Three-Dimensional Extrusion Printing of Porous Scaffolds Using Storable Ceramic Inks

Tissue Engineering Part C: Methods 2020 Volume 26, Issue 6, Pages 292-305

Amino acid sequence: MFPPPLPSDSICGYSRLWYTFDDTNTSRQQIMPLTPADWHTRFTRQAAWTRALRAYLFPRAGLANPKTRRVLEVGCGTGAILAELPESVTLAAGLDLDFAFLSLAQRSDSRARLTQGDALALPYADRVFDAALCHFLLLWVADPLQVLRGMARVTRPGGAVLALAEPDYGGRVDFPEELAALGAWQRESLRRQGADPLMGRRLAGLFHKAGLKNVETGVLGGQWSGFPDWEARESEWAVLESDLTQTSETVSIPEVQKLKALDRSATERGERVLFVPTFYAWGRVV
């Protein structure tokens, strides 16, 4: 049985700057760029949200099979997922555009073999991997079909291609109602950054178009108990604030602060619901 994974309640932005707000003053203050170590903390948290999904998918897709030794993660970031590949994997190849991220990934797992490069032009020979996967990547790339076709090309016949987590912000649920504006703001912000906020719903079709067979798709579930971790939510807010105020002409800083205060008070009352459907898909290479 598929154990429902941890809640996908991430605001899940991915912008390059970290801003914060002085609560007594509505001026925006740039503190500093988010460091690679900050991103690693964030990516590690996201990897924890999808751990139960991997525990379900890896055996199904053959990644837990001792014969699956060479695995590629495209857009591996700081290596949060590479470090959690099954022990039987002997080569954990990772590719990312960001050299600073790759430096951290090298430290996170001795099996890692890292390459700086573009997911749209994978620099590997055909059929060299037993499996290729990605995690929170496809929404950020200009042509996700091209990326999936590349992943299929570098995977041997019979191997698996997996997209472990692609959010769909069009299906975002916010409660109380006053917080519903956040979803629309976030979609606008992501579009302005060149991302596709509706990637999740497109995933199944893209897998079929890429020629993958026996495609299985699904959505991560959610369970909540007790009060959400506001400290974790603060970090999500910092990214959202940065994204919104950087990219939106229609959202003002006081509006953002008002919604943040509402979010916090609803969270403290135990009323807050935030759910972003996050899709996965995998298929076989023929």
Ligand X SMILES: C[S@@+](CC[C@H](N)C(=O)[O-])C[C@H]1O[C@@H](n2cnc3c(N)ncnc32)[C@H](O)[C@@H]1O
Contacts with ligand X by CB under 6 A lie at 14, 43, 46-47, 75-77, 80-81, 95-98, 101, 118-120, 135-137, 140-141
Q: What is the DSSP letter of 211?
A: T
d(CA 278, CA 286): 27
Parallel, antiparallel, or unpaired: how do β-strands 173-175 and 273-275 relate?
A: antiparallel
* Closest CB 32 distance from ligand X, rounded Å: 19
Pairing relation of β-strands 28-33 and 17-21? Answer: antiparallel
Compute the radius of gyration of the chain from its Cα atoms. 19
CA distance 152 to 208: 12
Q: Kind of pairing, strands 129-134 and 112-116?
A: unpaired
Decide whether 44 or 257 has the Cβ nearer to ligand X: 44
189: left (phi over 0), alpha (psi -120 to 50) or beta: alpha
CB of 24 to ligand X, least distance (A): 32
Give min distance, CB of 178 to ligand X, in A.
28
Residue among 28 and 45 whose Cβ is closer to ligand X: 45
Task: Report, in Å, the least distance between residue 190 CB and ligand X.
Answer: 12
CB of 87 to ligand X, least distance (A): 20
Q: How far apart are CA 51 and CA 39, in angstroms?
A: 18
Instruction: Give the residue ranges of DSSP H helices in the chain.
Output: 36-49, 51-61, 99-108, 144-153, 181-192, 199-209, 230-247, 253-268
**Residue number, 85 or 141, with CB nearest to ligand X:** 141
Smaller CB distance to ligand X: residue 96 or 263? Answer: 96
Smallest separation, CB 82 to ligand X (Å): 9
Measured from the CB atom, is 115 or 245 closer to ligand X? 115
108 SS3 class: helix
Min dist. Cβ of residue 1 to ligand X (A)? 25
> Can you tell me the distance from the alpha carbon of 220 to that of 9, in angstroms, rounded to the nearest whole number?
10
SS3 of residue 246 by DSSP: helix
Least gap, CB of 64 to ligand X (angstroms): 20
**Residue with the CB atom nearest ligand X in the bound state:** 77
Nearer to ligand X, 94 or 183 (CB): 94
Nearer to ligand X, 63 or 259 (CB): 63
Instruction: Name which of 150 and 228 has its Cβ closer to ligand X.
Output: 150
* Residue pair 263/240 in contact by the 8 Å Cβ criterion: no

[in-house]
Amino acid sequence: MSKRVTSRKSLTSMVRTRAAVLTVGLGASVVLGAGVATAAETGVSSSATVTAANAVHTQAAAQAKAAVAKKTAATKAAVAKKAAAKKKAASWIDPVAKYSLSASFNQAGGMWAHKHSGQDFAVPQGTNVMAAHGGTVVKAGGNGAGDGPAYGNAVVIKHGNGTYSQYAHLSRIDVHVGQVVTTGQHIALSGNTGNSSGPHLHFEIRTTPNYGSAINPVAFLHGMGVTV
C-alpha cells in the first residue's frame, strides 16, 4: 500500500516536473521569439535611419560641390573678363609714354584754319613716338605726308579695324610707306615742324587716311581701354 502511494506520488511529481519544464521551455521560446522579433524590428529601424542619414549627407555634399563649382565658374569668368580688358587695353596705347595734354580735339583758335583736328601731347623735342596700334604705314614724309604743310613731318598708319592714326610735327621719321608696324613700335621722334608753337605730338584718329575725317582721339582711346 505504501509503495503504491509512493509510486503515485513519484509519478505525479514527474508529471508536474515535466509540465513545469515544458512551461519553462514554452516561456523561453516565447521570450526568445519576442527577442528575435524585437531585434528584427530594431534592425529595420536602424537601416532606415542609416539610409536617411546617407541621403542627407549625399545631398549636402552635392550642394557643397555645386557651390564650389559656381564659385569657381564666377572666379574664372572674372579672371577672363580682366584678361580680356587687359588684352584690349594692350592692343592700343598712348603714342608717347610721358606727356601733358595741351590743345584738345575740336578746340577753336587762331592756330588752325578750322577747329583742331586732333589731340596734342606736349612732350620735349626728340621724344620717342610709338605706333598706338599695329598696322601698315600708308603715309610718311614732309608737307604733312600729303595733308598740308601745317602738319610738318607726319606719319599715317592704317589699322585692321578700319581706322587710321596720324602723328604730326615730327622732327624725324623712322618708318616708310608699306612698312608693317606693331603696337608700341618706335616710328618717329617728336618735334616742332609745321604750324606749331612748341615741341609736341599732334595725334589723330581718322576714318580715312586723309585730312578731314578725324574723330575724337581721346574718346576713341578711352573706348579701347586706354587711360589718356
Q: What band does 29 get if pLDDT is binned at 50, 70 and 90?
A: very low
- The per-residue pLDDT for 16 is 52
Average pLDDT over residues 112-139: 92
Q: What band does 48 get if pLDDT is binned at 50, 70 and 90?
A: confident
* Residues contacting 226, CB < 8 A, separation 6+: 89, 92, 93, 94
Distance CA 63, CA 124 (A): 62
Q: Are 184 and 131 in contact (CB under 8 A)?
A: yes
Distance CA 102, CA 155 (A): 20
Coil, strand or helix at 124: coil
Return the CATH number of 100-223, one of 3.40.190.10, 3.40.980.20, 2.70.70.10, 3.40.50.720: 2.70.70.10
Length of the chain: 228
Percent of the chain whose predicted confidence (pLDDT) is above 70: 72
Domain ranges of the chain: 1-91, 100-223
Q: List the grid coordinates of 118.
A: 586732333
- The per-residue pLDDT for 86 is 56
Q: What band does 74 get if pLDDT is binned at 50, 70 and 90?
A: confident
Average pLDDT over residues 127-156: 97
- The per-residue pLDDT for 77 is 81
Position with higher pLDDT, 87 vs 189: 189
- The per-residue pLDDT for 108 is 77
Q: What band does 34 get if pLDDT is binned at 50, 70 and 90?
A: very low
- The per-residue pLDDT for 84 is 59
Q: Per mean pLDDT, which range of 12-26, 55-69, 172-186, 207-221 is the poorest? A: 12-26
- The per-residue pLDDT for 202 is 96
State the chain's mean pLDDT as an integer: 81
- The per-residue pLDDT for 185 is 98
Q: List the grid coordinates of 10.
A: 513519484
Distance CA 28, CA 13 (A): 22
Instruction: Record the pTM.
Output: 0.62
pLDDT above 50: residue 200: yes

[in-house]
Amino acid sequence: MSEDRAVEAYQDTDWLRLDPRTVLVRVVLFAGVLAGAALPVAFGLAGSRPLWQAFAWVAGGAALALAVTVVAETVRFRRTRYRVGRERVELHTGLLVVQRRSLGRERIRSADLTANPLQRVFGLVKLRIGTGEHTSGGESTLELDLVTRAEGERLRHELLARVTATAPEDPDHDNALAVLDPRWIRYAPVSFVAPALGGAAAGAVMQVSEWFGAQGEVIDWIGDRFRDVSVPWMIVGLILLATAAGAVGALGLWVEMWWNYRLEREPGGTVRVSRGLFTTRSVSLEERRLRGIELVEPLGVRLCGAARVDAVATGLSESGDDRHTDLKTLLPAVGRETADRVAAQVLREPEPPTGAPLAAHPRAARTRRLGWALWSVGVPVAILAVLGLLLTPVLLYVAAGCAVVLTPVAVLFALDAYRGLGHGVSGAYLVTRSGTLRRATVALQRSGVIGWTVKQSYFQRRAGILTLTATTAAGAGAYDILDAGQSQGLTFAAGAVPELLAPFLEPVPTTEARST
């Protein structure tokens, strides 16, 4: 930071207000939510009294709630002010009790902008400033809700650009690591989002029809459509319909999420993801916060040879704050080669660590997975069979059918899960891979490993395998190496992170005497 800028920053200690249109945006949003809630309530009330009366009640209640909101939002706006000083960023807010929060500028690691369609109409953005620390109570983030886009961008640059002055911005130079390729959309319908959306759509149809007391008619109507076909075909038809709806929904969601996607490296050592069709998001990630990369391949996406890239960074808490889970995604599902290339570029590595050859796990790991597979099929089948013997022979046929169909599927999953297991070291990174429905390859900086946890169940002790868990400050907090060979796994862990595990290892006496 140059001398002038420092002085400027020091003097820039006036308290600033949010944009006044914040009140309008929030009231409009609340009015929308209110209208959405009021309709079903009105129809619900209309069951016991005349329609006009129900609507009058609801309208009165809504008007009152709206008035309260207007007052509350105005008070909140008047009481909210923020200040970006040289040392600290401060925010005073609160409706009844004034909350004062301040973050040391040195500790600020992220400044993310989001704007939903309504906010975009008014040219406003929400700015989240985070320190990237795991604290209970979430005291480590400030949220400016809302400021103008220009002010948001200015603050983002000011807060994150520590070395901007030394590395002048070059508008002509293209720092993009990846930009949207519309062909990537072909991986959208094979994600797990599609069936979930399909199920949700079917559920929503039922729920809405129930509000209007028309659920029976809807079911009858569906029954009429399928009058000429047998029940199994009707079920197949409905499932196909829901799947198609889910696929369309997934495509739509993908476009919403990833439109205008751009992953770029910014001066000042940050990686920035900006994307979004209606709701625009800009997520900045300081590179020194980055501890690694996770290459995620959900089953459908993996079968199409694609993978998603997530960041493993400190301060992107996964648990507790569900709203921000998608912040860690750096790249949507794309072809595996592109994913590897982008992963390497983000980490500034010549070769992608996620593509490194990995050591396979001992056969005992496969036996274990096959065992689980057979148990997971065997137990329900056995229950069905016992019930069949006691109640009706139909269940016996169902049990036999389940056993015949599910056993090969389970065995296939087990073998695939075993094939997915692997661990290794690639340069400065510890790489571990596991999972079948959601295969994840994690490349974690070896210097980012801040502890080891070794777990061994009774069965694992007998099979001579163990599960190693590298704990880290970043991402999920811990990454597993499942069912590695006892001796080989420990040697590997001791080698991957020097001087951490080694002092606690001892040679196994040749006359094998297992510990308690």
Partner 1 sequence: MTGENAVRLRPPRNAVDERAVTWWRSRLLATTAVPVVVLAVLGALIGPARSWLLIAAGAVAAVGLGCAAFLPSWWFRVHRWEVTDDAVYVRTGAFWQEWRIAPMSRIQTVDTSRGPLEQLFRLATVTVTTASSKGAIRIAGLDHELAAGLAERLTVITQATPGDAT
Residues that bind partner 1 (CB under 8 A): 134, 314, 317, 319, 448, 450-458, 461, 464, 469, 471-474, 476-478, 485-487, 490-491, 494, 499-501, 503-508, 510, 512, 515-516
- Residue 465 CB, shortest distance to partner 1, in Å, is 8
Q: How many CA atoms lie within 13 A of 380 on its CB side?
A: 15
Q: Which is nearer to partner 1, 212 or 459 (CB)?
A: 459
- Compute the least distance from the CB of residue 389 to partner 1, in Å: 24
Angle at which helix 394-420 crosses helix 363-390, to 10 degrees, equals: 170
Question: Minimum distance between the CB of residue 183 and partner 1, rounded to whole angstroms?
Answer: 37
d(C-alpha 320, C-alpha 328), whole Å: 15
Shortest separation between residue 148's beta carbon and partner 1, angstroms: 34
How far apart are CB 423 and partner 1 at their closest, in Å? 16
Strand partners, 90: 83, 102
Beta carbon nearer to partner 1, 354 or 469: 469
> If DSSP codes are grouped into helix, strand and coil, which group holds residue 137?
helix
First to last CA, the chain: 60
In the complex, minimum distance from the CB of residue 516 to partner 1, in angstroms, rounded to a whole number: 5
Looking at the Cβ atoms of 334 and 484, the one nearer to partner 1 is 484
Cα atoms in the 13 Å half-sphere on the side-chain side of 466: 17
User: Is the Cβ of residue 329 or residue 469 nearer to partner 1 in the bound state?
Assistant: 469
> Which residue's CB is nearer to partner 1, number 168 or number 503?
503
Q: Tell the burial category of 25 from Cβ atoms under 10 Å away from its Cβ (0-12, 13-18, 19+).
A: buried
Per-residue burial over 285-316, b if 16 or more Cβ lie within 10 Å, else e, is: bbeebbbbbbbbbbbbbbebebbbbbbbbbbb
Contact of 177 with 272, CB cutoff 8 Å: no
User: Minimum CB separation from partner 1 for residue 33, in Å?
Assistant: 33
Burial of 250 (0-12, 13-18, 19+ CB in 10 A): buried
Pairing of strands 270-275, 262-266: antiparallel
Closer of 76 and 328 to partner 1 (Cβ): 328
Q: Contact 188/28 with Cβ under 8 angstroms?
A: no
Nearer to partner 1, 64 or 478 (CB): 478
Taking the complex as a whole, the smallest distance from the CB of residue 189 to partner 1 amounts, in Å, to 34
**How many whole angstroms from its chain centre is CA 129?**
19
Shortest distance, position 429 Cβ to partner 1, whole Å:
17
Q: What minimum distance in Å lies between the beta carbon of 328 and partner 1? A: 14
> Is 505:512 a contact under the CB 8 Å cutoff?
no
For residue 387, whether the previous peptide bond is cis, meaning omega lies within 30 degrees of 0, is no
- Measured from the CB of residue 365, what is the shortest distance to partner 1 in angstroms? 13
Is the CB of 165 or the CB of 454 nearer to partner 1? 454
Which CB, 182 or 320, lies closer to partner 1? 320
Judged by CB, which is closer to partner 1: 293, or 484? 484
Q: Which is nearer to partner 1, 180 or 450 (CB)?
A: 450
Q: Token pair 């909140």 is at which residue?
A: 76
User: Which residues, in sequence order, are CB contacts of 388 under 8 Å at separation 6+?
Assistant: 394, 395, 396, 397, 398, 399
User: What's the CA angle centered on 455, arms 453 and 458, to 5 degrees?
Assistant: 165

In this study, we describe the additive manufacturing of porous three-dimensionally (3D) printed ceramic scaffolds prepared with hydroxyapatite (HA), β-tricalcium phosphate (β-TCP), or the combination of both with an extrusion-based process. The scaffolds were printed using a novel ceramic-based ink with reproducible printability and storability properties. After sintering at 1200°C, the scaffolds were characterized in terms of structure, mechanical properties, and dissolution in aqueous medium. Microcomputed tomography and scanning electron microscopy analyses revealed that the structure of the scaffolds, and more specifically, pore size, porosity, and isotropic dimensions were not significantly affected by the sintering process, resulting in scaffolds that closely replicate the original dimensions of the 3D model design. The mechanical properties of the sintered scaffolds were in the range of human trabecular bone for all compositions. All ceramic bioinks showed consistent printability over a span of 14 days, demonstrating the short-term storability of the formulations. Finally, the mass loss did not vary among the evaluated compositions over a period of 28 days except in the case of β-TCP scaffolds, in which the structural integrity was significantly affected after 28 days of incubation in phosphate-buffered saline. In conclusion, this study demonstrates the development of storable ceramic inks for the 3D printing of scaffolds of HA, β-TCP, and mixtures thereof with high fidelity and low shrinkage following sintering that could potentially be used for bone tissue engineering in load-bearing applications.